This will be Kentucky's third Sweet Sixteen in a row. The last time that happened in Kentucky history was 2001-2003, when Tubby Smith took two consecutive teams to the Sweet Sixteen and one to the Elite Eight. Notably, John Calipari has already exceeded that by taking his first to the Elite Eight, second to the Final Four, and third to at least the Sweet Sixteen (and hopefully onward to the Promised Land).
Our first foe in Atlanta will be the Indiana Hoosiers. Much has been made of the fact that UK lost their first game of the year to the Hoosiers in Bloomington, a game marred by fan misbehavior. Hopefully, this next contest will be of a higher quality on the fan side, and a game that fans of both schools can be proud of.
While Indiana's fan following is very impressive and passionate, it is unlikely that they will outnumber, or even be competitive with the Blue Mist down in Cat-lanta, a town that Wildcats fans have long since adopted as Lexington South. By the thousands, they will go to the heart of the Old South to cheer on this team that has seemed unbeatable in their first two NCAA tournament games.
But Indiana represents a different challenge from the first two teams. In the first place, their coach, Tom Crean, is very good friends with John Calipari, and has a good understanding of what Kentucky's tendencies are. Not only that, Crean has the better part of a week to prepare for UK, and that is an advantage that the Iowa St. Cyclones simply did not have.
Both IU and UK are different teams than the two that met on December 10th of last year. At that point in time, the Wildcats were winning mostly on talent, and their execution on either end of the floor was very shaky and inconsistent. That game was played at a blistering 70-possession pace, a pace which greatly favors the Hoosiers. I don't think we'll see that from Kentucky this time, as the Wildcats have been extremely adept at keeping ballgames in the 65-67 possession range, which is clearly their comfort zone and gives them maximum opportunity to wring the most out of their prodigious talent.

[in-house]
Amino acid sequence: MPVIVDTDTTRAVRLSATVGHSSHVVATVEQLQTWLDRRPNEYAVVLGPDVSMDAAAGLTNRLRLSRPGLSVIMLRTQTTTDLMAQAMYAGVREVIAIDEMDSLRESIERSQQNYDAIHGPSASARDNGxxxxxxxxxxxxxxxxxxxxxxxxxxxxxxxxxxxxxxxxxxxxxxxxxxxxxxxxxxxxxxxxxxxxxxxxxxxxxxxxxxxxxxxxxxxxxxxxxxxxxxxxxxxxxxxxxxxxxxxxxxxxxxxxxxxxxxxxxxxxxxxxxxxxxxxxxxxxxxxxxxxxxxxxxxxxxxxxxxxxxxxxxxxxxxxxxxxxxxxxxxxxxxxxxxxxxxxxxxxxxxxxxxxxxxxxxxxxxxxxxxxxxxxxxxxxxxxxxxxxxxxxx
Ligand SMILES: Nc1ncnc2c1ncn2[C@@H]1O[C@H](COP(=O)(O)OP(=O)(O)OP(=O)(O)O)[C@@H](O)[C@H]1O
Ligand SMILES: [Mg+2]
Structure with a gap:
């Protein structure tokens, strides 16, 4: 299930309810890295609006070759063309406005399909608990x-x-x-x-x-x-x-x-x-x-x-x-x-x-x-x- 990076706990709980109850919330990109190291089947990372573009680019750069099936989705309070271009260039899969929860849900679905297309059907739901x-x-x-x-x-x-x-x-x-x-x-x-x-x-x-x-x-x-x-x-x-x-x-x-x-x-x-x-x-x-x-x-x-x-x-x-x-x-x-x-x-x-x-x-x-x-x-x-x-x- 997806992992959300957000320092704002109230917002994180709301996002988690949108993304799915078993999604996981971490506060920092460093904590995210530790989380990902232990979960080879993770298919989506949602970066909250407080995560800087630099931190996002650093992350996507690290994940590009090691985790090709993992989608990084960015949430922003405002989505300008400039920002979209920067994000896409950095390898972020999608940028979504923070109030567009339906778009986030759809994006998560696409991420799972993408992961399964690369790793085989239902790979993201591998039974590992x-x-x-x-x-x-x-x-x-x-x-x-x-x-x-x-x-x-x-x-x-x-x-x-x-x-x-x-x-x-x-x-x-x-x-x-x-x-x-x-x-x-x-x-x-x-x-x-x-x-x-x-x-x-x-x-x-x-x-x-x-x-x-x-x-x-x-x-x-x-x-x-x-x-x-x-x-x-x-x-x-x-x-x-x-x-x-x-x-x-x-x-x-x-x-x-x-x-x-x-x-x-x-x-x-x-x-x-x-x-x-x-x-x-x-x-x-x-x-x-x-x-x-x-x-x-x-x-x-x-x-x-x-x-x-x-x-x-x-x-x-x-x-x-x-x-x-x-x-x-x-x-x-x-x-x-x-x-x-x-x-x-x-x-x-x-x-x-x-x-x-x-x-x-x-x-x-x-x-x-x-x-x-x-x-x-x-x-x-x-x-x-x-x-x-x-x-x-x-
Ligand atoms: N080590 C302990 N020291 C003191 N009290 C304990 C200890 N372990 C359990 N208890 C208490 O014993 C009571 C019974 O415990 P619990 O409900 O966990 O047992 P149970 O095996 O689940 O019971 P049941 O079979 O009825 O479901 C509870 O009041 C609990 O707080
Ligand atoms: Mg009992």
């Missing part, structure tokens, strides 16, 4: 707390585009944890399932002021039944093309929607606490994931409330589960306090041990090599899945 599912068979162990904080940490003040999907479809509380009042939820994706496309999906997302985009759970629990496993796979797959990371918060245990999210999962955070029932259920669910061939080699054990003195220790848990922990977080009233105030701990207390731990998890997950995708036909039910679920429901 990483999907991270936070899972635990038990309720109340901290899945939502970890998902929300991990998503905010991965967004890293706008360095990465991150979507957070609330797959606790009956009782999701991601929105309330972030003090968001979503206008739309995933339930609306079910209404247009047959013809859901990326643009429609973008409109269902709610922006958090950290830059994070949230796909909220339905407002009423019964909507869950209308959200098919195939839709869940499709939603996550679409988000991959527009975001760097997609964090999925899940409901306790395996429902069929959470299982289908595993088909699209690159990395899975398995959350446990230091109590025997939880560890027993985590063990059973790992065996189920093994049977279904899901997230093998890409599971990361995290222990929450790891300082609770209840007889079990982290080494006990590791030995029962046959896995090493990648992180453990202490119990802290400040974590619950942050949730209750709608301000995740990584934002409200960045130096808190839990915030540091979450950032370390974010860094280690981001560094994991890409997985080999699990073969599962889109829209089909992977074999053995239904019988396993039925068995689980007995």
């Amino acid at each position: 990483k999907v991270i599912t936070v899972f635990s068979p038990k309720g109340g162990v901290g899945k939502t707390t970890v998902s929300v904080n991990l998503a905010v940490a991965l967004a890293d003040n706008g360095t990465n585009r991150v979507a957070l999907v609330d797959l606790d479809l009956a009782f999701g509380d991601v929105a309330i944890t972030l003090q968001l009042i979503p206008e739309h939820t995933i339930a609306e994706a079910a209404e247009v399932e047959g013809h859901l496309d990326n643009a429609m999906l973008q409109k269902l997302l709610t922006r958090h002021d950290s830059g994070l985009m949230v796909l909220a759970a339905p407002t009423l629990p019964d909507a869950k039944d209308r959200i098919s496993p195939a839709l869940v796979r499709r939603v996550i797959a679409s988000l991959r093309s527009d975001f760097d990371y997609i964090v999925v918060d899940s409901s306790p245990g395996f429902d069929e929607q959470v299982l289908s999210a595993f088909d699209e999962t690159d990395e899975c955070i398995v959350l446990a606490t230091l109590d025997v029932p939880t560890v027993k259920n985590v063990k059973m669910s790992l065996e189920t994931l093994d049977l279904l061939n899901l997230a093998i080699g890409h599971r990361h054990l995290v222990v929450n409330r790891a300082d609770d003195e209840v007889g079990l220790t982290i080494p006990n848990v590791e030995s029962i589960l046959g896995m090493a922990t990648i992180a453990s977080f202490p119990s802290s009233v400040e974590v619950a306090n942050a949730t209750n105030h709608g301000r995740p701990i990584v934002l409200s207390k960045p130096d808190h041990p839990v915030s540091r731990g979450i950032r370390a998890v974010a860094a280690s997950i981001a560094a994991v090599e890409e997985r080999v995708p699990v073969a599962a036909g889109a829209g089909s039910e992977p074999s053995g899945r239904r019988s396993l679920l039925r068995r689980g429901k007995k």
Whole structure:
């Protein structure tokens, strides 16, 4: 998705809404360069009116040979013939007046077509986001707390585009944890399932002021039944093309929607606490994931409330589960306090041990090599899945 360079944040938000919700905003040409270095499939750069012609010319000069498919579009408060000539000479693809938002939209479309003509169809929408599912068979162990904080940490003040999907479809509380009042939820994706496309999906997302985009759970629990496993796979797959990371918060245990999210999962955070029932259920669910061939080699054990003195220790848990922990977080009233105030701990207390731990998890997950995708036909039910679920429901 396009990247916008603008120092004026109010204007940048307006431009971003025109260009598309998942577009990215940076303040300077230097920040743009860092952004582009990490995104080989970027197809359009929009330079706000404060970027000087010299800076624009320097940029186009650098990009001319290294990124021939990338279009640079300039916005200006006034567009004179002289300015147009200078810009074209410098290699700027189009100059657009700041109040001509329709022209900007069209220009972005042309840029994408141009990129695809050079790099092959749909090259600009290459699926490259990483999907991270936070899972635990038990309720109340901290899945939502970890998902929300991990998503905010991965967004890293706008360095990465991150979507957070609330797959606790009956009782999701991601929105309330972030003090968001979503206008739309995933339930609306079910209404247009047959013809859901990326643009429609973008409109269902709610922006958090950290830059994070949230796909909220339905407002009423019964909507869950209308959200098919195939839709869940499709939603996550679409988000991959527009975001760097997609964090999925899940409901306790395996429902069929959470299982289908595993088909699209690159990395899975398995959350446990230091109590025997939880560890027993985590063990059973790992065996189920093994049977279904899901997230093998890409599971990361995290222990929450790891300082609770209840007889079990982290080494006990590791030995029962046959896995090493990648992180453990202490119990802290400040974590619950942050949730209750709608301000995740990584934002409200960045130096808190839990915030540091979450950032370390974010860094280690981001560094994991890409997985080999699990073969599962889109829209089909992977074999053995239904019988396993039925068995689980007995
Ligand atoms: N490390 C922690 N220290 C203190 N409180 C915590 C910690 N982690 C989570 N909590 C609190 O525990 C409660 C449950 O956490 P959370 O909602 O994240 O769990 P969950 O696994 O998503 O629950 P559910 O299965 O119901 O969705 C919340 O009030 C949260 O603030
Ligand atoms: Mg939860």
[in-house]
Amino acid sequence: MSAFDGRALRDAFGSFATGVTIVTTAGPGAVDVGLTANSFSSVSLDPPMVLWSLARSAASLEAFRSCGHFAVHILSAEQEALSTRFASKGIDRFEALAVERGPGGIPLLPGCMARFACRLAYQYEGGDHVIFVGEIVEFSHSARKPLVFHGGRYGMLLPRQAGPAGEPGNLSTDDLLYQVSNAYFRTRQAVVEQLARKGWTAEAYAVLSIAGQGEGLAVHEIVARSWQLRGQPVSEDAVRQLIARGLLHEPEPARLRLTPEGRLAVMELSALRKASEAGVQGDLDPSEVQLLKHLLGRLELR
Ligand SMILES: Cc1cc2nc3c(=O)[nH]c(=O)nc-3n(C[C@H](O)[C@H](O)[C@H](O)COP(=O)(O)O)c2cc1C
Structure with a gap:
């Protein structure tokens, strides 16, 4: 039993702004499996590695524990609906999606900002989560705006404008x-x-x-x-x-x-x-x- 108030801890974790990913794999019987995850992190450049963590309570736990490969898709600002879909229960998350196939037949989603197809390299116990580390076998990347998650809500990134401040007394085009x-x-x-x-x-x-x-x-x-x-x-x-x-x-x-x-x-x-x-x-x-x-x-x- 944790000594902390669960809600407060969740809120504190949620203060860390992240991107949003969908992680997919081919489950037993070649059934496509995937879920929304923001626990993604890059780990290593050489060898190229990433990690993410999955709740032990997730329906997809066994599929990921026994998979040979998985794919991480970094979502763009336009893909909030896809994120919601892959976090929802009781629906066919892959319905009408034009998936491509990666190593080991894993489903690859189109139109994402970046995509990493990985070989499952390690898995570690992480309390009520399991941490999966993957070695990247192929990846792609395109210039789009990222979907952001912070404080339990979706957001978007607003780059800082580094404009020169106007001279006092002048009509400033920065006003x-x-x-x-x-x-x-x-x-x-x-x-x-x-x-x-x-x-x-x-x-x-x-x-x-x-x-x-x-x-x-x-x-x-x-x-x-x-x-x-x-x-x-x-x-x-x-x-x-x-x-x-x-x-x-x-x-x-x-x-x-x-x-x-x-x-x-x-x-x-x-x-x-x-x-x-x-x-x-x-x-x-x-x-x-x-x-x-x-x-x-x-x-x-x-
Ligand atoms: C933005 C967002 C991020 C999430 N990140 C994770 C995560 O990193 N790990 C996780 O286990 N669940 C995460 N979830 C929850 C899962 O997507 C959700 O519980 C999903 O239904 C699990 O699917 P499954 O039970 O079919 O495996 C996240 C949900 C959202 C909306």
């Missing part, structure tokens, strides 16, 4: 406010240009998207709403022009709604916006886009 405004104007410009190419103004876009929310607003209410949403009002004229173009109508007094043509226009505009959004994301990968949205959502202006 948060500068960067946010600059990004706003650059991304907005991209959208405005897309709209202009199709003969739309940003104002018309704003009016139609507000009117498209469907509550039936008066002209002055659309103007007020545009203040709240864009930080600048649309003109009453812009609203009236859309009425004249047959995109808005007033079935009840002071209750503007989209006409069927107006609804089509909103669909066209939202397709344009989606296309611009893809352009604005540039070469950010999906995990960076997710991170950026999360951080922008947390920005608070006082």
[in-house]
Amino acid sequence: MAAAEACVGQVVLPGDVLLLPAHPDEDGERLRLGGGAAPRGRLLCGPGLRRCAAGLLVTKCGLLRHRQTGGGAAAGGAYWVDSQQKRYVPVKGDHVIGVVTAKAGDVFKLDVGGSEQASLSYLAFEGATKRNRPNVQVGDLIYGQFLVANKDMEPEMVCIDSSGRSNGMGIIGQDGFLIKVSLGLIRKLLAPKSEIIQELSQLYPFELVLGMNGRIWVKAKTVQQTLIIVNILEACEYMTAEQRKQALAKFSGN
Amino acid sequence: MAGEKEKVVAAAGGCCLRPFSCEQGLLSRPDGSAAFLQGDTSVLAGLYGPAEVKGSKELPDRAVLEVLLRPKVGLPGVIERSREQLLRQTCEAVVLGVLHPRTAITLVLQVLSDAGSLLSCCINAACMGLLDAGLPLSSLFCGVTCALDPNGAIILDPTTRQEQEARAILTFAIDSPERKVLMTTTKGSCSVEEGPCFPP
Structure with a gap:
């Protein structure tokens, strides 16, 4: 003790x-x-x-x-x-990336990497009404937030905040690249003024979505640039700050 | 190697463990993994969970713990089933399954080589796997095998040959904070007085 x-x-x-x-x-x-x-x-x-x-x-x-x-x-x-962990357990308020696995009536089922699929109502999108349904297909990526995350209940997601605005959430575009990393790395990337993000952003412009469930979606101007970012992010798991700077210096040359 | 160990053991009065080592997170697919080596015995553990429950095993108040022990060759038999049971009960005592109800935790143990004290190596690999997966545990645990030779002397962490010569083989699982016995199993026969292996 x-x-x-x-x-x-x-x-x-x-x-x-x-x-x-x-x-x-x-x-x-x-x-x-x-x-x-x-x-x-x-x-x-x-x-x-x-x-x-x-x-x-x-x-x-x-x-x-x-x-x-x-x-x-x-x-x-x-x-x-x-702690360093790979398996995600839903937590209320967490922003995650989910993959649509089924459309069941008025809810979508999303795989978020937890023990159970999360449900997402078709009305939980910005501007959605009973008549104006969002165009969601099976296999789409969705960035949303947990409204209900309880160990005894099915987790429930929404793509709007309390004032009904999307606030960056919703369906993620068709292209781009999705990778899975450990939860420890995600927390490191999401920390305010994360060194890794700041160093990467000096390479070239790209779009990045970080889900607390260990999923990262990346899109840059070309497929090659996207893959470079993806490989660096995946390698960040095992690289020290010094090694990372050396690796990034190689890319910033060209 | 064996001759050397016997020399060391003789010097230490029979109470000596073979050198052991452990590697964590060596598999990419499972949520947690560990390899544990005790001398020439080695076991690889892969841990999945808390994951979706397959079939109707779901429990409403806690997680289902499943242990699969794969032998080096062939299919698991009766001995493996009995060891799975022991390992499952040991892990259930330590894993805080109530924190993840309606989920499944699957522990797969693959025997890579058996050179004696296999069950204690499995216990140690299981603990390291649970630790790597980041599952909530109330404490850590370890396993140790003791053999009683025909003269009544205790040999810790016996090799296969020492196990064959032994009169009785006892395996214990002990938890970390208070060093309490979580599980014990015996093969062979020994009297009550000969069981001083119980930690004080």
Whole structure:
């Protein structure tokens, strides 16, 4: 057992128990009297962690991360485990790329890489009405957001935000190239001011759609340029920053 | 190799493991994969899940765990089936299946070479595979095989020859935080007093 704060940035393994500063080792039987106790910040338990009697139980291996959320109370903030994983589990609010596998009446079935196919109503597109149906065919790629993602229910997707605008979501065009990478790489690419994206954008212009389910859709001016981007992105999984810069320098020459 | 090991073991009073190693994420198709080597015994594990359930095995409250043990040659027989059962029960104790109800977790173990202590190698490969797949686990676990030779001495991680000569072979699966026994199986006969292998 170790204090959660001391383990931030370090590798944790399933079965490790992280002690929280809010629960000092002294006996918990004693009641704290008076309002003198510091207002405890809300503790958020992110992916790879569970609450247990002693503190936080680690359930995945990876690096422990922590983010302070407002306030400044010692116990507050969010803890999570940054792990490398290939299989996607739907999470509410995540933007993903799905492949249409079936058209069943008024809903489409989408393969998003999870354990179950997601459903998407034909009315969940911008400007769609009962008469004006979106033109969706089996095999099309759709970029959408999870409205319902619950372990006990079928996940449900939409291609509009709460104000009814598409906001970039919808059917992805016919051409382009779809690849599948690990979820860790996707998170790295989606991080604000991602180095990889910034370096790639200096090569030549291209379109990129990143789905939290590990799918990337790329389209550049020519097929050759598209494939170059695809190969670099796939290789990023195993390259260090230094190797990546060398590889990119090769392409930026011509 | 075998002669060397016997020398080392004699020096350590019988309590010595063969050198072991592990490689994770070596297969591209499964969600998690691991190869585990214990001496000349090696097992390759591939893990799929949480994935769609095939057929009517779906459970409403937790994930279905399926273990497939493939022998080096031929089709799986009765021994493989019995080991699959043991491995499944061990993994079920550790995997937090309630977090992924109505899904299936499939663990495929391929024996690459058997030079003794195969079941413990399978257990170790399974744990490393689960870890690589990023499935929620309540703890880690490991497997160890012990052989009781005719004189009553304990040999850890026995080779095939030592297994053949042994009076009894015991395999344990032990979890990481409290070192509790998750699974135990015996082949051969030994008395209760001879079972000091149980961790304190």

It will be very interesting to see how the Wildcats are able to match up with the Hoosiers the second time around. The first time, UK had a lot of trouble containing the Hoosier's outside shooting. The Hoosiers were 9-15 from distance and built up a big lead, but a furious defense-spearheaded comeback by Kentucky gave the Blue and White a chance to win that game anyway. Doron Lamb missed a critical free throw on a 2-shot foul that put Kentucky up 2 with 5 seconds to go. Indiana got down the floor and Christian Watford buried a wing three to defeat the Wildcats by 1.
That was then. This is now. Now is the reality that the Wildcats are the unquestioned best team in college basketball, having dispatched every foe but 2 in 36 games. Now is the reality that Anthony Davis, a much more limited player on December 10th, 2011, is the odds-on favorite to win at least one major Player of the Year award. Now is the reality that Marquis Teague, in spite of some lingering inconsistencies, is a vastly superior player to how he was then. Now is the reality that the disappearing act by Terrence Jones in that game has given way to an all-American late-season performance.
Now is a lot different, and Wildcats fans like it much better this way.